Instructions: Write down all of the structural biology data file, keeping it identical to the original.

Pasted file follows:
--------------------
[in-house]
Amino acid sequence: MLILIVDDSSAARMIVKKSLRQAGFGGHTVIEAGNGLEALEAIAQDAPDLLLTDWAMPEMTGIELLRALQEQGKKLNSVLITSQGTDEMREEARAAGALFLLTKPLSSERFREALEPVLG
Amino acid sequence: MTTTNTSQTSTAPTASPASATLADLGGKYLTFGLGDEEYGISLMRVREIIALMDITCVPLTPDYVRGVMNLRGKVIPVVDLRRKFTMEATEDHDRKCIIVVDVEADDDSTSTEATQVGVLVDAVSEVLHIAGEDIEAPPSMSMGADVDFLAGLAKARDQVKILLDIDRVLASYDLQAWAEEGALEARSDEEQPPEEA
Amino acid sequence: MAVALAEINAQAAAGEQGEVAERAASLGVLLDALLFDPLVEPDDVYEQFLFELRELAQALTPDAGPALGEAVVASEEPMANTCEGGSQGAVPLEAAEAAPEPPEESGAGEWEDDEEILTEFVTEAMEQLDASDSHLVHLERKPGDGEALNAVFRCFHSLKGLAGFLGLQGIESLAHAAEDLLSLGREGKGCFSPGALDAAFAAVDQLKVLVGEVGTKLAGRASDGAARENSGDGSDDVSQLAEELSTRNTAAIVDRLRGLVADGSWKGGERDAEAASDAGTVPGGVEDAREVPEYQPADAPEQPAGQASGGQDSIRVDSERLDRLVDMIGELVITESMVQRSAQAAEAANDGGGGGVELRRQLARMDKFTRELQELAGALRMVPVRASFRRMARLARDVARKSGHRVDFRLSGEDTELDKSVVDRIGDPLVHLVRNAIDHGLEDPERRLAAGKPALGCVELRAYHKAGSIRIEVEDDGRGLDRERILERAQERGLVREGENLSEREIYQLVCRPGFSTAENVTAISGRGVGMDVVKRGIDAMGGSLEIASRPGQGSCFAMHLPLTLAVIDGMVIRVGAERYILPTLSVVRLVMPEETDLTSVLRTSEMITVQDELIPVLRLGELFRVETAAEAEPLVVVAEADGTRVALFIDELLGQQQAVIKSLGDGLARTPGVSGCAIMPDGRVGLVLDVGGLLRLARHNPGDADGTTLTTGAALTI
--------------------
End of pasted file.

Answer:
[in-house]
Amino acid sequence: MLILIVDDSSAARMIVKKSLRQAGFGGHTVIEAGNGLEALEAIAQDAPDLLLTDWAMPEMTGIELLRALQEQGKKLNSVLITSQGTDEMREEARAAGALFLLTKPLSSERFREALEPVLG
Amino acid sequence: MTTTNTSQTSTAPTASPASATLADLGGKYLTFGLGDEEYGISLMRVREIIALMDITCVPLTPDYVRGVMNLRGKVIPVVDLRRKFTMEATEDHDRKCIIVVDVEADDDSTSTEATQVGVLVDAVSEVLHIAGEDIEAPPSMSMGADVDFLAGLAKARDQVKILLDIDRVLASYDLQAWAEEGALEARSDEEQPPEEA
Amino acid sequence: MAVALAEINAQAAAGEQGEVAERAASLGVLLDALLFDPLVEPDDVYEQFLFELRELAQALTPDAGPALGEAVVASEEPMANTCEGGSQGAVPLEAAEAAPEPPEESGAGEWEDDEEILTEFVTEAMEQLDASDSHLVHLERKPGDGEALNAVFRCFHSLKGLAGFLGLQGIESLAHAAEDLLSLGREGKGCFSPGALDAAFAAVDQLKVLVGEVGTKLAGRASDGAARENSGDGSDDVSQLAEELSTRNTAAIVDRLRGLVADGSWKGGERDAEAASDAGTVPGGVEDAREVPEYQPADAPEQPAGQASGGQDSIRVDSERLDRLVDMIGELVITESMVQRSAQAAEAANDGGGGGVELRRQLARMDKFTRELQELAGALRMVPVRASFRRMARLARDVARKSGHRVDFRLSGEDTELDKSVVDRIGDPLVHLVRNAIDHGLEDPERRLAAGKPALGCVELRAYHKAGSIRIEVEDDGRGLDRERILERAQERGLVREGENLSEREIYQLVCRPGFSTAENVTAISGRGVGMDVVKRGIDAMGGSLEIASRPGQGSCFAMHLPLTLAVIDGMVIRVGAERYILPTLSVVRLVMPEETDLTSVLRTSEMITVQDELIPVLRLGELFRVETAAEAEPLVVVAEADGTRVALFIDELLGQQQAVIKSLGDGLARTPGVSGCAIMPDGRVGLVLDVGGLLRLARHNPGDADGTTLTTGAALTI